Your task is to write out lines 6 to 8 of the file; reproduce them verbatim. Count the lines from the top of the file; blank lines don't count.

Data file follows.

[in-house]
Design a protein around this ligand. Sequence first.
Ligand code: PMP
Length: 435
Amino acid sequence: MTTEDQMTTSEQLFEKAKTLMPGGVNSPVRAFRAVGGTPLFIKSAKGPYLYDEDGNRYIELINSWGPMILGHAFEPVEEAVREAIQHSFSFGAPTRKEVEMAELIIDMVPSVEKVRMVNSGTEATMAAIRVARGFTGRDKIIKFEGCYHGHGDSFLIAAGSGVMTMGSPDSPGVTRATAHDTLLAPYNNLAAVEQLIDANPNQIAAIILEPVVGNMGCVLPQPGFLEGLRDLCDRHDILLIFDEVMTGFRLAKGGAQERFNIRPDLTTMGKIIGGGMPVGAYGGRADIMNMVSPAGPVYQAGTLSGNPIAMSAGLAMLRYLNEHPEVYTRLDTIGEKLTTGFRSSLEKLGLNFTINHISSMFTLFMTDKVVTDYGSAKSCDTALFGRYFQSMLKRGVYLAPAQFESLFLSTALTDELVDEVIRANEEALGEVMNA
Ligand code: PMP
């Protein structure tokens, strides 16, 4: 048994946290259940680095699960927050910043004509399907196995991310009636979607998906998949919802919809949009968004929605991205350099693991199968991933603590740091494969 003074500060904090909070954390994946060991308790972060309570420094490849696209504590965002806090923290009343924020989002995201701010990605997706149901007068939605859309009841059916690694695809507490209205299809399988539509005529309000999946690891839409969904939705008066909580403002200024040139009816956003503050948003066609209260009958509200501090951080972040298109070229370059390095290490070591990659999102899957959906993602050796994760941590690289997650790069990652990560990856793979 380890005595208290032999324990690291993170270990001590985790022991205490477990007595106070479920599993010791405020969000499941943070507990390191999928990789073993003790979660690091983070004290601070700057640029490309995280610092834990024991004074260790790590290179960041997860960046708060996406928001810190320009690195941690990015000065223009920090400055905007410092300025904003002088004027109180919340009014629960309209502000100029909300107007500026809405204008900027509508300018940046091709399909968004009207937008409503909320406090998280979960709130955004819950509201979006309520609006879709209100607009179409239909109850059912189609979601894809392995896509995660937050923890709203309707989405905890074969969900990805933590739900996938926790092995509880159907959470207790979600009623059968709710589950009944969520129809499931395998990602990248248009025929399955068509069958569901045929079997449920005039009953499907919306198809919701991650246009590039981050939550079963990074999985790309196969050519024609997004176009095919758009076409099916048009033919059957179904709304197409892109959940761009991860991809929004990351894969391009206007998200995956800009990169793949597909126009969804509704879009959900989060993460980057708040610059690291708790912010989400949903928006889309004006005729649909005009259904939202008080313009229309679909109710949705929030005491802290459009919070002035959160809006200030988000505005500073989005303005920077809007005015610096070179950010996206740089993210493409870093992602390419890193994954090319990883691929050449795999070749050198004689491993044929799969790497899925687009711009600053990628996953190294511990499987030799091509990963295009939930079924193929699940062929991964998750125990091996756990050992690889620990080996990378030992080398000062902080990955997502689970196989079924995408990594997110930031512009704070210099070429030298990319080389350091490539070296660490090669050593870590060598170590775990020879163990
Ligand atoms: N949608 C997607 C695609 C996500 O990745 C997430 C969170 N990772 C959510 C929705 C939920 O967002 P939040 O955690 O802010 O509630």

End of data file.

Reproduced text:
Ligand code: PMP
């Protein structure tokens, strides 16, 4: 048994946290259940680095699960927050910043004509399907196995991310009636979607998906998949919802919809949009968004929605991205350099693991199968991933603590740091494969 003074500060904090909070954390994946060991308790972060309570420094490849696209504590965002806090923290009343924020989002995201701010990605997706149901007068939605859309009841059916690694695809507490209205299809399988539509005529309000999946690891839409969904939705008066909580403002200024040139009816956003503050948003066609209260009958509200501090951080972040298109070229370059390095290490070591990659999102899957959906993602050796994760941590690289997650790069990652990560990856793979 380890005595208290032999324990690291993170270990001590985790022991205490477990007595106070479920599993010791405020969000499941943070507990390191999928990789073993003790979660690091983070004290601070700057640029490309995280610092834990024991004074260790790590290179960041997860960046708060996406928001810190320009690195941690990015000065223009920090400055905007410092300025904003002088004027109180919340009014629960309209502000100029909300107007500026809405204008900027509508300018940046091709399909968004009207937008409503909320406090998280979960709130955004819950509201979006309520609006879709209100607009179409239909109850059912189609979601894809392995896509995660937050923890709203309707989405905890074969969900990805933590739900996938926790092995509880159907959470207790979600009623059968709710589950009944969520129809499931395998990602990248248009025929399955068509069958569901045929079997449920005039009953499907919306198809919701991650246009590039981050939550079963990074999985790309196969050519024609997004176009095919758009076409099916048009033919059957179904709304197409892109959940761009991860991809929004990351894969391009206007998200995956800009990169793949597909126009969804509704879009959900989060993460980057708040610059690291708790912010989400949903928006889309004006005729649909005009259904939202008080313009229309679909109710949705929030005491802290459009919070002035959160809006200030988000505005500073989005303005920077809007005015610096070179950010996206740089993210493409870093992602390419890193994954090319990883691929050449795999070749050198004689491993044929799969790497899925687009711009600053990628996953190294511990499987030799091509990963295009939930079924193929699940062929991964998750125990091996756990050992690889620990080996990378030992080398000062902080990955997502689970196989079924995408990594997110930031512009704070210099070429030298990319080389350091490539070296660490090669050593870590060598170590775990020879163990
Ligand atoms: N949608 C997607 C695609 C996500 O990745 C997430 C969170 N990772 C959510 C929705 C939920 O967002 P939040 O955690 O802010 O509630």